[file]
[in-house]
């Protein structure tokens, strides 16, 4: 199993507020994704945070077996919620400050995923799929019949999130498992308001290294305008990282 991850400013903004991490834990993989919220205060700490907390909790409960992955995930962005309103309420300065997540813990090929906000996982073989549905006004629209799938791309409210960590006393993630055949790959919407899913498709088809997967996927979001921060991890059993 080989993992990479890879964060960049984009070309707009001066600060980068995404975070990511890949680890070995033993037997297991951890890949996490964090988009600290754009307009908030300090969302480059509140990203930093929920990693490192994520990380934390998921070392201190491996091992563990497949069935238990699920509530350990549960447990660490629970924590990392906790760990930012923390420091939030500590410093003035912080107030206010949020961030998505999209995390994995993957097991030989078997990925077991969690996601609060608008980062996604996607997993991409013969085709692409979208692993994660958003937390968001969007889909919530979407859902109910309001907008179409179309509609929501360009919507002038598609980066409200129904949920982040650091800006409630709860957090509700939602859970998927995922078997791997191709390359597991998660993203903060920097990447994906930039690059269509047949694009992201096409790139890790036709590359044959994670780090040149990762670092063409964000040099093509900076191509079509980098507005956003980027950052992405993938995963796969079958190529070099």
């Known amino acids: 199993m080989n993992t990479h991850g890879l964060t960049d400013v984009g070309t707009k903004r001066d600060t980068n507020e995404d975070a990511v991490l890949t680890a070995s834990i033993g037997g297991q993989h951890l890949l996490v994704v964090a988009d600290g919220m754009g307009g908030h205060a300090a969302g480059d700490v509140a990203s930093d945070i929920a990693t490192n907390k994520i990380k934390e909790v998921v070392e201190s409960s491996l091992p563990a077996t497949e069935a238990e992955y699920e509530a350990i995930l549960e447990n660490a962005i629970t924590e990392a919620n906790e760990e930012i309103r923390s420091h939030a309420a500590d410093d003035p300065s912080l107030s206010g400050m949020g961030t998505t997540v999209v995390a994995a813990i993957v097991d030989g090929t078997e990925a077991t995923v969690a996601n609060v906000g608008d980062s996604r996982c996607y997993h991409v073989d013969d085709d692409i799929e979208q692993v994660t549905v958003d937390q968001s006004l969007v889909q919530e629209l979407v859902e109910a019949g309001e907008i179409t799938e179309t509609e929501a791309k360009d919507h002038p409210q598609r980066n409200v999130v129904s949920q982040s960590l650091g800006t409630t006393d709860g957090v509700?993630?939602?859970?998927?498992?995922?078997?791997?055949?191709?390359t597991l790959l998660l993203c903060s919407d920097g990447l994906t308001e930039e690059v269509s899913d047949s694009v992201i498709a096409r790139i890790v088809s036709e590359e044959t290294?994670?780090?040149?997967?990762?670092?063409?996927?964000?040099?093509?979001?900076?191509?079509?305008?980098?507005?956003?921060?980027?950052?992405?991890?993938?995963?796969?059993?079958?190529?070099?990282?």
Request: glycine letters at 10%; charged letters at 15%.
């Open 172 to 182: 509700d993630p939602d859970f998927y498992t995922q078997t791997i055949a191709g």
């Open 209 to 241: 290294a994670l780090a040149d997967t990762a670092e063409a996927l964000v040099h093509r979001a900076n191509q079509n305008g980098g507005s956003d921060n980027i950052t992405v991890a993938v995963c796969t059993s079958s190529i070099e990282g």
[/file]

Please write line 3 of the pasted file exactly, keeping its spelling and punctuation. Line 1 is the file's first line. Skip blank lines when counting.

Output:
């Known amino acids: 199993m080989n993992t990479h991850g890879l964060t960049d400013v984009g070309t707009k903004r001066d600060t980068n507020e995404d975070a990511v991490l890949t680890a070995s834990i033993g037997g297991q993989h951890l890949l996490v994704v964090a988009d600290g919220m754009g307009g908030h205060a300090a969302g480059d700490v509140a990203s930093d945070i929920a990693t490192n907390k994520i990380k934390e909790v998921v070392e201190s409960s491996l091992p563990a077996t497949e069935a238990e992955y699920e509530a350990i995930l549960e447990n660490a962005i629970t924590e990392a919620n906790e760990e930012i309103r923390s420091h939030a309420a500590d410093d003035p300065s912080l107030s206010g400050m949020g961030t998505t997540v999209v995390a994995a813990i993957v097991d030989g090929t078997e990925a077991t995923v969690a996601n609060v906000g608008d980062s996604r996982c996607y997993h991409v073989d013969d085709d692409i799929e979208q692993v994660t549905v958003d937390q968001s006004l969007v889909q919530e629209l979407v859902e109910a019949g309001e907008i179409t799938e179309t509609e929501a791309k360009d919507h002038p409210q598609r980066n409200v999130v129904s949920q982040s960590l650091g800006t409630t006393d709860g957090v509700?993630?939602?859970?998927?498992?995922?078997?791997?055949?191709?390359t597991l790959l998660l993203c903060s919407d920097g990447l994906t308001e930039e690059v269509s899913d047949s694009v992201i498709a096409r790139i890790v088809s036709e590359e044959t290294?994670?780090?040149?997967?990762?670092?063409?996927?964000?040099?093509?979001?900076?191509?079509?305008?980098?507005?956003?921060?980027?950052?992405?991890?993938?995963?796969?059993?079958?190529?070099?990282?």